Oil pump prime 101. What are the basics?

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658
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EU
In exchanges about changing/draining oil, when someone states that the pan is left to drain overnight or for a similar length of time under other circumstances, there is very often the rejoinder that this might be too long because the oil pump might lose its prime. What exactly happens in such a case? Why is overnight too long, but an hour or two is not? What's the worse thing that could happen? Aren't the pumps self-priming? Is the principal concern, then, the time lag for the oil pick up the prime while the engine is running at first startup? How long might that lag time be? Other considerations? Please help clear the air over this issue. Thanks all.
 
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1,874
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Ocala, Florida
Yz, a positive displacement oil pump such as used in engines will not lose it's prime unless it's worn out. If you look at how it's built, the "gears" that move the oil though the pump will retain oil in the output side of the pump and only will the input side of the oil pump drain back. So, oil should be in the output side up to the filter and when cranked, it will supply enough pull or prime to introduce the new oil into the input side and continue the flow. This topic on oil pumps might help show how the pump works. Oil Pumps and how they work
 
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714
Location
Pennsylvania
quote:
Originally posted by YZF150: In exchanges about changing/draining oil, when someone states that the pan is left to drain overnight or for a similar length of time under other circumstances, there is very often the rejoinder that this might be too long because the oil pump might lose its prime. What exactly happens in such a case? Why is overnight too long, but an hour or two is not? What's the worse thing that could happen? Aren't the pumps self-priming? Is the principal concern, then, the time lag for the oil pick up the prime while the engine is running at first startup? How long might that lag time be? Other considerations? Please help clear the air over this issue. Thanks all.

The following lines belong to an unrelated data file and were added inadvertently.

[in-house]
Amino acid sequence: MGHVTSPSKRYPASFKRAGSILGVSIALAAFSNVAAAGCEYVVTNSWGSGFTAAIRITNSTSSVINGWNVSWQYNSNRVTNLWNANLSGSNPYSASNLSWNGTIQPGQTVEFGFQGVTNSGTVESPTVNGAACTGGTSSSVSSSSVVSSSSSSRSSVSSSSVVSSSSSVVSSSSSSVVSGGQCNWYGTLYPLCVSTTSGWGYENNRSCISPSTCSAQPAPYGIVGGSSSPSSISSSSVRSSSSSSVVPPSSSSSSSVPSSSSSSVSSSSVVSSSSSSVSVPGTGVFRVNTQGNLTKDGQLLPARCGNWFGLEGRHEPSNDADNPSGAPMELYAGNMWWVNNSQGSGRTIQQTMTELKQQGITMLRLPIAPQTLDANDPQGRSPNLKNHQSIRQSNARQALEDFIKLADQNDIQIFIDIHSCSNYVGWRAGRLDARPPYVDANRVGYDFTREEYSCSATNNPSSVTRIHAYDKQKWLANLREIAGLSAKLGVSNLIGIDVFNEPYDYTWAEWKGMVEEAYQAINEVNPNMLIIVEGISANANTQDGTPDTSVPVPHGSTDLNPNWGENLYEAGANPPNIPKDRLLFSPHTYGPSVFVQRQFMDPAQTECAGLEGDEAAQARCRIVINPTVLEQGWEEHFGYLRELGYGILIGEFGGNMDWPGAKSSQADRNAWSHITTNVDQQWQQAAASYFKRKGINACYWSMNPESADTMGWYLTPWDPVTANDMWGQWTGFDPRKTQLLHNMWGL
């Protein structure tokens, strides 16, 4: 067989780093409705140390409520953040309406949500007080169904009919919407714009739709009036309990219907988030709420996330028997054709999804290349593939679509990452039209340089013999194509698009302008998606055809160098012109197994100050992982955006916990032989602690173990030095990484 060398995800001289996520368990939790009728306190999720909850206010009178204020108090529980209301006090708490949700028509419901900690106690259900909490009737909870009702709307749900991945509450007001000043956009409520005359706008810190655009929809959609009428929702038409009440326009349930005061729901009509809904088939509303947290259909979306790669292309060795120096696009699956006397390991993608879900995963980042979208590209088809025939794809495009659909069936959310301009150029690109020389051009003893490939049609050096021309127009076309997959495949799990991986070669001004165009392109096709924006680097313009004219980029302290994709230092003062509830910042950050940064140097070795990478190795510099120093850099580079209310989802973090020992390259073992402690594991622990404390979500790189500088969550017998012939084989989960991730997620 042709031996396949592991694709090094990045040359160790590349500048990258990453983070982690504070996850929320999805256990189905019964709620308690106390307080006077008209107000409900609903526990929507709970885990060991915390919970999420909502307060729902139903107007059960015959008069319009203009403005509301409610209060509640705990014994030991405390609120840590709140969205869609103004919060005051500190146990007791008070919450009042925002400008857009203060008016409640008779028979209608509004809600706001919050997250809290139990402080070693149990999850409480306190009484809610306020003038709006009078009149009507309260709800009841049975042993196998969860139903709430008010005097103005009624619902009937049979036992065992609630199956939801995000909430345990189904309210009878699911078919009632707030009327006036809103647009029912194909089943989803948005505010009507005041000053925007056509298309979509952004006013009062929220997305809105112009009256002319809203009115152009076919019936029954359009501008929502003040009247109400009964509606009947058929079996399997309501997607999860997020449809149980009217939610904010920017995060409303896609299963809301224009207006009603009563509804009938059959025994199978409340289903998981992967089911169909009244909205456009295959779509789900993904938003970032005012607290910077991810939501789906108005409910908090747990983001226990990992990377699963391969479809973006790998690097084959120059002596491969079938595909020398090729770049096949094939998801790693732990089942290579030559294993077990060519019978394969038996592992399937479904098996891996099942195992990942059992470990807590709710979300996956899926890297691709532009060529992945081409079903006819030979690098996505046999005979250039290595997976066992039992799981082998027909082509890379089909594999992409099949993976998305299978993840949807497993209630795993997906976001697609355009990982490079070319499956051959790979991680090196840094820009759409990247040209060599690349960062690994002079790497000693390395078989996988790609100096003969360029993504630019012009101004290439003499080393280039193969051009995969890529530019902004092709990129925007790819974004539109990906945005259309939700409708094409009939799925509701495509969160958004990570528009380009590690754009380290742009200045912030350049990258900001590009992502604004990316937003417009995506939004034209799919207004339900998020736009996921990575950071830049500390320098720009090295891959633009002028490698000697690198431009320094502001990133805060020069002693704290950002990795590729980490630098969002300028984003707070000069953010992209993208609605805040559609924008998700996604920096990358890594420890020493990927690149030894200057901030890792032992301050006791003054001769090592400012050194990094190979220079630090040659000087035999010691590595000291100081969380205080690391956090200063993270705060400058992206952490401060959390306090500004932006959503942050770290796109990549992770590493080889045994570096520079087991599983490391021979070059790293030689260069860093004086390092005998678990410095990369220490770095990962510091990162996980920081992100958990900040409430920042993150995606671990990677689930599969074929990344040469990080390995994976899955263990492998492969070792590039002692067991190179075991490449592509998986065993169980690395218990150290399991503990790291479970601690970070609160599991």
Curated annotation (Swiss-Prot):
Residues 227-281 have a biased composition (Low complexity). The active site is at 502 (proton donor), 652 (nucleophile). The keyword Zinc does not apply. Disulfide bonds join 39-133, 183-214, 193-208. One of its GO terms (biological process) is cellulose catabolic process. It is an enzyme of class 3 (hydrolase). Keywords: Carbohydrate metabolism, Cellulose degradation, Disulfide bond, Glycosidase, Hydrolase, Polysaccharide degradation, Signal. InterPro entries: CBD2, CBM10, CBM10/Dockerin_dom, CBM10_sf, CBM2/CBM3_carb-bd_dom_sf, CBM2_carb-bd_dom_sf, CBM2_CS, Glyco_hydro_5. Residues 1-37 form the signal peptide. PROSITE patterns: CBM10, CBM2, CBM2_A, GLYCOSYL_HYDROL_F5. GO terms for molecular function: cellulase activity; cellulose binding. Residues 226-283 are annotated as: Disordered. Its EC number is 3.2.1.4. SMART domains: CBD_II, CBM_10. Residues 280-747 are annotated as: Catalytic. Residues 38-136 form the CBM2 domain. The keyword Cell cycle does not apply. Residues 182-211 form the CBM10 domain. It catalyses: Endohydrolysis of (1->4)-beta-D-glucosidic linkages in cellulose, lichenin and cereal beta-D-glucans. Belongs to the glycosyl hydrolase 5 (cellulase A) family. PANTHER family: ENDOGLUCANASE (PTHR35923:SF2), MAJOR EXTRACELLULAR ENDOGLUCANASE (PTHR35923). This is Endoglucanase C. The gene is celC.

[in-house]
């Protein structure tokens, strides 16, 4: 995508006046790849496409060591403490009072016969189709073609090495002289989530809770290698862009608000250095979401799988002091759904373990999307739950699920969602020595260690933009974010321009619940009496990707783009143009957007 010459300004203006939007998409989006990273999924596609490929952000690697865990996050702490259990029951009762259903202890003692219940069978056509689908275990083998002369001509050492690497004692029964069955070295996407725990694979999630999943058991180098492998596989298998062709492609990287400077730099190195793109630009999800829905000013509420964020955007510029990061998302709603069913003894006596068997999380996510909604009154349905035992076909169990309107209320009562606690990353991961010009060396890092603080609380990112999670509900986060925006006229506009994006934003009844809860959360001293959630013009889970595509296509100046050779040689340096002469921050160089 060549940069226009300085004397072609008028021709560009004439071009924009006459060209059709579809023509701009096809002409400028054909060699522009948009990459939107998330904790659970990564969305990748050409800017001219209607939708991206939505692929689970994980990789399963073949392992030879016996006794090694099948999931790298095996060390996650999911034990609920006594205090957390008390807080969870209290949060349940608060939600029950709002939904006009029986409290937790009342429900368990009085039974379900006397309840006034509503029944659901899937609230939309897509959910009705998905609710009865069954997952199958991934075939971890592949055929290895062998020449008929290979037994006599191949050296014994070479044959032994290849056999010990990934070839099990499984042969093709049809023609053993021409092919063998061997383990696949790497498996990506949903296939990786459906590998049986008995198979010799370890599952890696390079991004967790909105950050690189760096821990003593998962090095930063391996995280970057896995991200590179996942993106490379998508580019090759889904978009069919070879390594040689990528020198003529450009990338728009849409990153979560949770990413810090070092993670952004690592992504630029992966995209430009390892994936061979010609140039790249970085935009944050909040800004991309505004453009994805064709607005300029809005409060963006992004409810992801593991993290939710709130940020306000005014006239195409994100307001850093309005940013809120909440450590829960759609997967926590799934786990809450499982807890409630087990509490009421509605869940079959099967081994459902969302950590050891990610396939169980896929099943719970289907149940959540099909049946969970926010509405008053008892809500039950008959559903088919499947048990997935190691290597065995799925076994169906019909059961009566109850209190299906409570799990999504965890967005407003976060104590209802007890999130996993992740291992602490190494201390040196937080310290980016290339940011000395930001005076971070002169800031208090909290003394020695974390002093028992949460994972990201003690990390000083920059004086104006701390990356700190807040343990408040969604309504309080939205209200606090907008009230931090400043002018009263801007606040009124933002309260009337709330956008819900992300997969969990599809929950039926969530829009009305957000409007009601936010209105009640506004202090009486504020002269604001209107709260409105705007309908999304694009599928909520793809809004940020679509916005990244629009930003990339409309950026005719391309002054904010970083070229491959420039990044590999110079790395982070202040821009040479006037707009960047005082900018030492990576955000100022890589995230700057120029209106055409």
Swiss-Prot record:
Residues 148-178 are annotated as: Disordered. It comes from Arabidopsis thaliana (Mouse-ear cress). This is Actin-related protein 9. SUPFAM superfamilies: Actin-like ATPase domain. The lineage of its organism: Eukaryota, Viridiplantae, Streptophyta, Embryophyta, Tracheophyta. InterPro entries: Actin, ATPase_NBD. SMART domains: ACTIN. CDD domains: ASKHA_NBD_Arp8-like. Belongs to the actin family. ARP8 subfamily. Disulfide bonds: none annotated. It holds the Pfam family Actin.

'priming' an oil pump is sort of a misnomer - its not like a well pump with actually needs a liquid prime to form the needed vaccum to lift the liquid. the oil pump is so close to the surface of the oil , only a slight negative pressure is needed, AND, you are not draining the pump cavity unless you take it apart. (even a rebuilt motor does not need filled with oil or grease or vasoline to start sucking oil - just use a drill and a proper adaptor.)
 

YZF150

Thread starter
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658
Location
EU
Thank you. Very helpful. Follow up: What is an approximate volume of oil that is retained in a pump, oil that will become incorporated into the fresh fill? --I realize that there are many variations on the basic design; just a ballpark figure, if you could.
 
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714
Location
Pennsylvania
quote:
Originally posted by YZF150: Thank you. Very helpful. Follow up: What is an approximate volume of oil that is retained in a pump, oil that will become incorporated into the fresh fill? --I realize that there are many variations on the basic design; just a ballpark figure, if you could.
well I happen to have a well worn chevy sb pump in the garage, Id say the room around the gears, and up to where it meets the rear main cap is probably on the order of 2-3 oz.....a shot glass is an ounce right? so ya, about 2-3...mebbe a little more will sit in the passages up to the filter boss.
 
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43,676
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'Stralia
I believe in priming oil pumps on a rebuild depending on the location of the pump. Holdens have a pump located well above the oil level, so that there's a lift of 6-8" when the pump is only pumping air for the first start. After that, there's always a small amount of oil left to seal the clearance between the gears and housing, so it's not as much an issue. An oil pump sitting in the sump should be primed by the time you get to the wheel and turn the key.
 
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